Just when a pitch raise or lowering is necessary depends upon how accurate the final tuning must be, and the size and quality of the piano. Any net change in a piano’s string tension during tuning will distort the final result and reduce stability. Realistically, a pitch difference of a few percent can usually be accommodated successfully during tuning. For average situations, when a piano’s pitch is noticeably different from that of other standard pitched instruments, a pitch correction procedure is necessary before tuning. Whenever exact pitch level is critical, such as in concert or recording instruments, any pitch deviation must be corrected before tuning.

    How long does a pitch raise take?

    A pitch raise is essentially a special tuning procedure designed to leave the piano approximately in tune. For moderate pitch corrections the procedure takes about the same time as a tuning, or less. Extreme pitch changes may require two separate pitch adjustments.

    The pitch adjustment and subsequent tuning may be done in one visit, or the tuning may be scheduled for a short time later depending upon how far the pitch had to be changed. In general, the longer a piano has gone without regular service, the more tunings will be required to reestablish tuning stability.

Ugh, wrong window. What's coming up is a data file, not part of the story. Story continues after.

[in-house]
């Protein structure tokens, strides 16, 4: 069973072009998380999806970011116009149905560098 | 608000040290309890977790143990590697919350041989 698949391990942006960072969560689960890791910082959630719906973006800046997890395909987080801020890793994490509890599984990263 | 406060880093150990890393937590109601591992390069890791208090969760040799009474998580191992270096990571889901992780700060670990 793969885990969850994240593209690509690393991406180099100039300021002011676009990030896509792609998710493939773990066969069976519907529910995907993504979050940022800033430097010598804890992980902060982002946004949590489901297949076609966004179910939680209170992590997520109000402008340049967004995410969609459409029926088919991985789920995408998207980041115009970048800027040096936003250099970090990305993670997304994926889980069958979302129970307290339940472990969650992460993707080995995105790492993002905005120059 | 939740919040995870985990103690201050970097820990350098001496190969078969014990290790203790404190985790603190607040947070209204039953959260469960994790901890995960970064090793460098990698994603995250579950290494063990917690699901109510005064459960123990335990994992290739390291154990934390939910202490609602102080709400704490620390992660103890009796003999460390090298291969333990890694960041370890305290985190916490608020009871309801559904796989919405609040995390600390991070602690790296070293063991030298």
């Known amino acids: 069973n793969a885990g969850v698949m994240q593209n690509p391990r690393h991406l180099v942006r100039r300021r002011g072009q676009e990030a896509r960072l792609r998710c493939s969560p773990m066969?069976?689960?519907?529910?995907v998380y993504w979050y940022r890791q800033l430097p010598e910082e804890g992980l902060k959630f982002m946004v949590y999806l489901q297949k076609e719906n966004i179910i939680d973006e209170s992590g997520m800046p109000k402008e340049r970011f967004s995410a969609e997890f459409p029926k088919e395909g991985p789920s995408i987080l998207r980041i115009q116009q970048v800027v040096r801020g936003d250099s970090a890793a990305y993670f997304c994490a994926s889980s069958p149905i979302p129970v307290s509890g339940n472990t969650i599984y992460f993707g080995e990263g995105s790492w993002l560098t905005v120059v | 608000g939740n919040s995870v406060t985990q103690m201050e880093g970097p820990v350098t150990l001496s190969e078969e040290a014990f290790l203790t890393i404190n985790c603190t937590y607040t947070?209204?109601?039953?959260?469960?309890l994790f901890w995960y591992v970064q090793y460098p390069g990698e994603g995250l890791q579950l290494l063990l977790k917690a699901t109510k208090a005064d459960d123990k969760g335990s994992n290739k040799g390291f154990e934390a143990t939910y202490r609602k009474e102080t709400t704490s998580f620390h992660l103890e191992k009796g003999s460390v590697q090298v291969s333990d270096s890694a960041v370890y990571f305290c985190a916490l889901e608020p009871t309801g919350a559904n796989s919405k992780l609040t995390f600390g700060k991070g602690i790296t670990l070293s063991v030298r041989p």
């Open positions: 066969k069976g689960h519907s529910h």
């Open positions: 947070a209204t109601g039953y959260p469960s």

Like your car, your piano is a major investment which deserves regular servicing to keep it working well and preserve its value. Most importantly, the well-maintained piano sounds better, plays better, and gives you and your family a wealth of musical pleasure.

    The preceding article is a reprint of a Technical Bulletin published by the Piano Technicians Guild, Inc. It is provided on the Internet as a service to piano owners. Piano Technicians Guild is an international organization of piano technicians. Registered Piano Technicians (RPTs) are those members of PTG who have passed a series of examinations on the maintenance, repair, and tuning of pianos. For a list of Registered Techncians in your area visit our online member directory. For a copy of this or other PTG Bulletins and Pamphlets contact:

    Piano Technicians Guild, Inc
    4444 Forest Avenue
    Kansas City, KS 66106-3750

    Phone: 913-432-9975
    Fax: 913-432-9986
    If you would like more info about the Piano Technicians Guild or additional piano tuning or other piano information.